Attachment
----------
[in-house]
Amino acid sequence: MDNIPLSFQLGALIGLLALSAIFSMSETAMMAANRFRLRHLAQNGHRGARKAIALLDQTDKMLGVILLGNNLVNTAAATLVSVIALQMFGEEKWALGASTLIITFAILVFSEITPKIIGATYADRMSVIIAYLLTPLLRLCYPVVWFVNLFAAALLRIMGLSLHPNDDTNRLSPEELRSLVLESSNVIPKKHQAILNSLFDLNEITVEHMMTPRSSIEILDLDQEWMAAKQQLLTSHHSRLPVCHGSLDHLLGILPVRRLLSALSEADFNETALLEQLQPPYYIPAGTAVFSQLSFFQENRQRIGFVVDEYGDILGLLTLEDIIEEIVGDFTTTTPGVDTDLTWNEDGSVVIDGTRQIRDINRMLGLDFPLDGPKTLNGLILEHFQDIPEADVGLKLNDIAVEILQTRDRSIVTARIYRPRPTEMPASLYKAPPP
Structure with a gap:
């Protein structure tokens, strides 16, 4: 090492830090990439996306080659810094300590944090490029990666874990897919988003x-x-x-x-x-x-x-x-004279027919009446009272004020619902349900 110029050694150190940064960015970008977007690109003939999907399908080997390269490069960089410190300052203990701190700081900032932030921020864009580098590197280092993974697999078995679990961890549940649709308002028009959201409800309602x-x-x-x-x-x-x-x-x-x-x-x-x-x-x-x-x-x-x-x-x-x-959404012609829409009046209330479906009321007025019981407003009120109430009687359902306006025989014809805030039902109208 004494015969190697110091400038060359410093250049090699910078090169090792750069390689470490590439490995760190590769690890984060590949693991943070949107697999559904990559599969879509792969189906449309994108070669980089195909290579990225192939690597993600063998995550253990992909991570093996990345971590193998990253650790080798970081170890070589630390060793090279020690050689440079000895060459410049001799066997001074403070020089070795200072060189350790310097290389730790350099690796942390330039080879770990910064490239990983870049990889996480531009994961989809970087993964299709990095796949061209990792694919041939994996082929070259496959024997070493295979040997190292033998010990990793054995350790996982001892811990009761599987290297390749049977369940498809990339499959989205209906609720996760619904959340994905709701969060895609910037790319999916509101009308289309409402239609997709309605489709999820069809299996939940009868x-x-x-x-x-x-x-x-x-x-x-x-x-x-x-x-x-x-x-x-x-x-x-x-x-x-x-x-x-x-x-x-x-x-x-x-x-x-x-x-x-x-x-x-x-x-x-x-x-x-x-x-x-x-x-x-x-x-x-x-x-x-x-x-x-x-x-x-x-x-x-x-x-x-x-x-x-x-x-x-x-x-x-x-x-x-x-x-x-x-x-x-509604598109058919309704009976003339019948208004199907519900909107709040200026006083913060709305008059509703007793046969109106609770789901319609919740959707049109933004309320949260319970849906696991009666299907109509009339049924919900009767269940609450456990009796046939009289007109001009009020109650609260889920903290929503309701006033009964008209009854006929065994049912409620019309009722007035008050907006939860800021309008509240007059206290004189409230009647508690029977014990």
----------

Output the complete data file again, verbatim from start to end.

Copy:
[in-house]
Amino acid sequence: MDNIPLSFQLGALIGLLALSAIFSMSETAMMAANRFRLRHLAQNGHRGARKAIALLDQTDKMLGVILLGNNLVNTAAATLVSVIALQMFGEEKWALGASTLIITFAILVFSEITPKIIGATYADRMSVIIAYLLTPLLRLCYPVVWFVNLFAAALLRIMGLSLHPNDDTNRLSPEELRSLVLESSNVIPKKHQAILNSLFDLNEITVEHMMTPRSSIEILDLDQEWMAAKQQLLTSHHSRLPVCHGSLDHLLGILPVRRLLSALSEADFNETALLEQLQPPYYIPAGTAVFSQLSFFQENRQRIGFVVDEYGDILGLLTLEDIIEEIVGDFTTTTPGVDTDLTWNEDGSVVIDGTRQIRDINRMLGLDFPLDGPKTLNGLILEHFQDIPEADVGLKLNDIAVEILQTRDRSIVTARIYRPRPTEMPASLYKAPPP
Structure with a gap:
């Protein structure tokens, strides 16, 4: 090492830090990439996306080659810094300590944090490029990666874990897919988003x-x-x-x-x-x-x-x-004279027919009446009272004020619902349900 110029050694150190940064960015970008977007690109003939999907399908080997390269490069960089410190300052203990701190700081900032932030921020864009580098590197280092993974697999078995679990961890549940649709308002028009959201409800309602x-x-x-x-x-x-x-x-x-x-x-x-x-x-x-x-x-x-x-x-x-x-959404012609829409009046209330479906009321007025019981407003009120109430009687359902306006025989014809805030039902109208 004494015969190697110091400038060359410093250049090699910078090169090792750069390689470490590439490995760190590769690890984060590949693991943070949107697999559904990559599969879509792969189906449309994108070669980089195909290579990225192939690597993600063998995550253990992909991570093996990345971590193998990253650790080798970081170890070589630390060793090279020690050689440079000895060459410049001799066997001074403070020089070795200072060189350790310097290389730790350099690796942390330039080879770990910064490239990983870049990889996480531009994961989809970087993964299709990095796949061209990792694919041939994996082929070259496959024997070493295979040997190292033998010990990793054995350790996982001892811990009761599987290297390749049977369940498809990339499959989205209906609720996760619904959340994905709701969060895609910037790319999916509101009308289309409402239609997709309605489709999820069809299996939940009868x-x-x-x-x-x-x-x-x-x-x-x-x-x-x-x-x-x-x-x-x-x-x-x-x-x-x-x-x-x-x-x-x-x-x-x-x-x-x-x-x-x-x-x-x-x-x-x-x-x-x-x-x-x-x-x-x-x-x-x-x-x-x-x-x-x-x-x-x-x-x-x-x-x-x-x-x-x-x-x-x-x-x-x-x-x-x-x-x-x-x-x-509604598109058919309704009976003339019948208004199907519900909107709040200026006083913060709305008059509703007793046969109106609770789901319609919740959707049109933004309320949260319970849906696991009666299907109509009339049924919900009767269940609450456990009796046939009289007109001009009020109650609260889920903290929503309701006033009964008209009854006929065994049912409620019309009722007035008050907006939860800021309008509240007059206290004189409230009647508690029977014990």